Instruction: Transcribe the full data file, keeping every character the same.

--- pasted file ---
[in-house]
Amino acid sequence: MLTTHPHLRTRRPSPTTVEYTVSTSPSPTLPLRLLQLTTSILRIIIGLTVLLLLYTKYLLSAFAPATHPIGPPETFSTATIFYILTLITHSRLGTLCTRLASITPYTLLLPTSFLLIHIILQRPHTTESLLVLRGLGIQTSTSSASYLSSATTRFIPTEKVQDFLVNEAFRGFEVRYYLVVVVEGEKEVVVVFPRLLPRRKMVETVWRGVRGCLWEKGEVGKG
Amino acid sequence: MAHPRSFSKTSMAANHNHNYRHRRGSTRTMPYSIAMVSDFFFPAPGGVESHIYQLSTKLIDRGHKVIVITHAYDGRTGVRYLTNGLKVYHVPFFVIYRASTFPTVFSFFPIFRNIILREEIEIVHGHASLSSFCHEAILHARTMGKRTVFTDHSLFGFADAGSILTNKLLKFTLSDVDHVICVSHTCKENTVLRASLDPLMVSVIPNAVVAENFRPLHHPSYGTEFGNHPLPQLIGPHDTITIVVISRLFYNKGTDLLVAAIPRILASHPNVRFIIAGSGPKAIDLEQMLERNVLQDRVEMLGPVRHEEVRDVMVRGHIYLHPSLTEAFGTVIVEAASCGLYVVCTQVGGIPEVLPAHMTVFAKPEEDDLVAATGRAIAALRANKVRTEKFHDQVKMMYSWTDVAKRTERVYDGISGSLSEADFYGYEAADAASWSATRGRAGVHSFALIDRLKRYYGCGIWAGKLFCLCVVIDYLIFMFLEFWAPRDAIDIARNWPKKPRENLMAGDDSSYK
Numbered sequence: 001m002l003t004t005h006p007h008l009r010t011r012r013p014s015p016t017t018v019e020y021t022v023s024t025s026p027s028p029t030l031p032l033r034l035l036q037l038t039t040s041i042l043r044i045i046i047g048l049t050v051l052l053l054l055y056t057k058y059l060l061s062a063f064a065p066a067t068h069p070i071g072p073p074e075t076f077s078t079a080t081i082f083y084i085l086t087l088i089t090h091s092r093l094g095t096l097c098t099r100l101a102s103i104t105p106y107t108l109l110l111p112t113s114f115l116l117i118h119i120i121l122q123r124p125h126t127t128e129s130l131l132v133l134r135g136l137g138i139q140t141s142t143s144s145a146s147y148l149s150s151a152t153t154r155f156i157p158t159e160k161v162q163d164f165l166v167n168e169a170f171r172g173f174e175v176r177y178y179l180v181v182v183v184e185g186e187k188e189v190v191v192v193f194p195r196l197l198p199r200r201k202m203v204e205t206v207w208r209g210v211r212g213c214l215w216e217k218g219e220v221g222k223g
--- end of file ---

[in-house]
Amino acid sequence: MLTTHPHLRTRRPSPTTVEYTVSTSPSPTLPLRLLQLTTSILRIIIGLTVLLLLYTKYLLSAFAPATHPIGPPETFSTATIFYILTLITHSRLGTLCTRLASITPYTLLLPTSFLLIHIILQRPHTTESLLVLRGLGIQTSTSSASYLSSATTRFIPTEKVQDFLVNEAFRGFEVRYYLVVVVEGEKEVVVVFPRLLPRRKMVETVWRGVRGCLWEKGEVGKG
Amino acid sequence: MAHPRSFSKTSMAANHNHNYRHRRGSTRTMPYSIAMVSDFFFPAPGGVESHIYQLSTKLIDRGHKVIVITHAYDGRTGVRYLTNGLKVYHVPFFVIYRASTFPTVFSFFPIFRNIILREEIEIVHGHASLSSFCHEAILHARTMGKRTVFTDHSLFGFADAGSILTNKLLKFTLSDVDHVICVSHTCKENTVLRASLDPLMVSVIPNAVVAENFRPLHHPSYGTEFGNHPLPQLIGPHDTITIVVISRLFYNKGTDLLVAAIPRILASHPNVRFIIAGSGPKAIDLEQMLERNVLQDRVEMLGPVRHEEVRDVMVRGHIYLHPSLTEAFGTVIVEAASCGLYVVCTQVGGIPEVLPAHMTVFAKPEEDDLVAATGRAIAALRANKVRTEKFHDQVKMMYSWTDVAKRTERVYDGISGSLSEADFYGYEAADAASWSATRGRAGVHSFALIDRLKRYYGCGIWAGKLFCLCVVIDYLIFMFLEFWAPRDAIDIARNWPKKPRENLMAGDDSSYK
Numbered sequence: 001m002l003t004t005h006p007h008l009r010t011r012r013p014s015p016t017t018v019e020y021t022v023s024t025s026p027s028p029t030l031p032l033r034l035l036q037l038t039t040s041i042l043r044i045i046i047g048l049t050v051l052l053l054l055y056t057k058y059l060l061s062a063f064a065p066a067t068h069p070i071g072p073p074e075t076f077s078t079a080t081i082f083y084i085l086t087l088i089t090h091s092r093l094g095t096l097c098t099r100l101a102s103i104t105p106y107t108l109l110l111p112t113s114f115l116l117i118h119i120i121l122q123r124p125h126t127t128e129s130l131l132v133l134r135g136l137g138i139q140t141s142t143s144s145a146s147y148l149s150s151a152t153t154r155f156i157p158t159e160k161v162q163d164f165l166v167n168e169a170f171r172g173f174e175v176r177y178y179l180v181v182v183v184e185g186e187k188e189v190v191v192v193f194p195r196l197l198p199r200r201k202m203v204e205t206v207w208r209g210v211r212g213c214l215w216e217k218g219e220v221g222k223g